For over three hundred years, people have tried to identify ideal landscapes in terms of paintings.
A landscape would be called picturesque if it resembled a painting by Claude Lorrain (1600-1682) or Nicolas Poussin. A tourist would travel with a darkened mirror called a 'Claude glass' or 'Lorrain mirror' to see a reflection that reminded them of a familiar landscape painting.
Scholars have debated what aesthetic factors qualify a scene as picturesque, and it usually boils down to a scene that satisfies the human instinct for beauty and the sublime. Others have said that there needs to be an element of roughness or variation, or a pleasing distribution of masses of trees or ruins.
The notion of what is picturesque has evolved as our taste for images has changed. If you google the term 'picturesque' all by itself, you don't get paintings; you get a lot of HDR photos of nature scenes with mountains and water features, and occasionally a domestic human structure integrated into the landscape. Our collective visual imagination is probably influenced as much by calendar photos and computer screen savers as it is by gallery paintings.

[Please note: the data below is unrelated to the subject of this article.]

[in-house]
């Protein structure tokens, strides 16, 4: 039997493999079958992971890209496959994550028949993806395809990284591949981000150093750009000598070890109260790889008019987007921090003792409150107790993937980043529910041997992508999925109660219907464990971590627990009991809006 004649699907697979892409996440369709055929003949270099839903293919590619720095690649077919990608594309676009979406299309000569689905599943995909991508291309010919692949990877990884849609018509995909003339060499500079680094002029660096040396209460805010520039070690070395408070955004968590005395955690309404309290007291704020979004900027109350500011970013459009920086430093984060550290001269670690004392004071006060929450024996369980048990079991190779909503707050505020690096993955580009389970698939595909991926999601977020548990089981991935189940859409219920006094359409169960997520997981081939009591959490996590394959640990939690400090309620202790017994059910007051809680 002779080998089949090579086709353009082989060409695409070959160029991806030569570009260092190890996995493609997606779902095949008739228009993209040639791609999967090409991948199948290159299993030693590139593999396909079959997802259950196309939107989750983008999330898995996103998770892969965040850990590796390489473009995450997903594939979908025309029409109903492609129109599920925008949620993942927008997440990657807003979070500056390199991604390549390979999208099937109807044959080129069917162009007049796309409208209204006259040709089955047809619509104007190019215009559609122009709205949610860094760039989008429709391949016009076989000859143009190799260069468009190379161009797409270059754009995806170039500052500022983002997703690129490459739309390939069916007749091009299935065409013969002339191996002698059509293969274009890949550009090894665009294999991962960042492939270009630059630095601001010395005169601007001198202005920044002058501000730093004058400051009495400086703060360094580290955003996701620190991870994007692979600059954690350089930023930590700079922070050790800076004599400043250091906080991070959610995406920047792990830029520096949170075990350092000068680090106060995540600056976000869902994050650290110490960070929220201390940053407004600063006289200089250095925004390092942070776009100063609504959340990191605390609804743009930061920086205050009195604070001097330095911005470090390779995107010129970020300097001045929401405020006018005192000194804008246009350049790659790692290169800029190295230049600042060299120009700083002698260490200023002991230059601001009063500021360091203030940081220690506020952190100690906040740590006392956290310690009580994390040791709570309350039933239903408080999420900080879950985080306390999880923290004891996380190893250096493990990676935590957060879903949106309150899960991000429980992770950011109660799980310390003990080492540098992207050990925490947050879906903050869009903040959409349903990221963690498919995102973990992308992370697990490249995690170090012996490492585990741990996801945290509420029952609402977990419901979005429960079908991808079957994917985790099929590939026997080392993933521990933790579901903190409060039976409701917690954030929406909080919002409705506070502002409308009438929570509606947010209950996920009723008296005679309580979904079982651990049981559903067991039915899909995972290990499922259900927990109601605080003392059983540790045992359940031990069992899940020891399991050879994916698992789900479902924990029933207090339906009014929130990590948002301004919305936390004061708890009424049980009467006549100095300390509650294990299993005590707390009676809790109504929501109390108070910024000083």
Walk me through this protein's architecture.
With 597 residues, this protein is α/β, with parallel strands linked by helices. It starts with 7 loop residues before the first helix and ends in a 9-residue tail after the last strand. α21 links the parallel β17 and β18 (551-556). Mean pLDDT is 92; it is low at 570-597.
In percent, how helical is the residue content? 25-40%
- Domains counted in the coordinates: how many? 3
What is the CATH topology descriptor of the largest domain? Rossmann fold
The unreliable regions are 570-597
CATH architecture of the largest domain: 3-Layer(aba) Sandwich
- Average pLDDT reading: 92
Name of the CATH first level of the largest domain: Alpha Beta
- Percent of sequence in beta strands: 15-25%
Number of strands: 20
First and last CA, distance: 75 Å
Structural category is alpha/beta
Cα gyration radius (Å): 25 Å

What do you think of when you hear the word "picturesque?"
Previously on GurneyJourney: Lorrain mirror
Picturesque in Wikipedia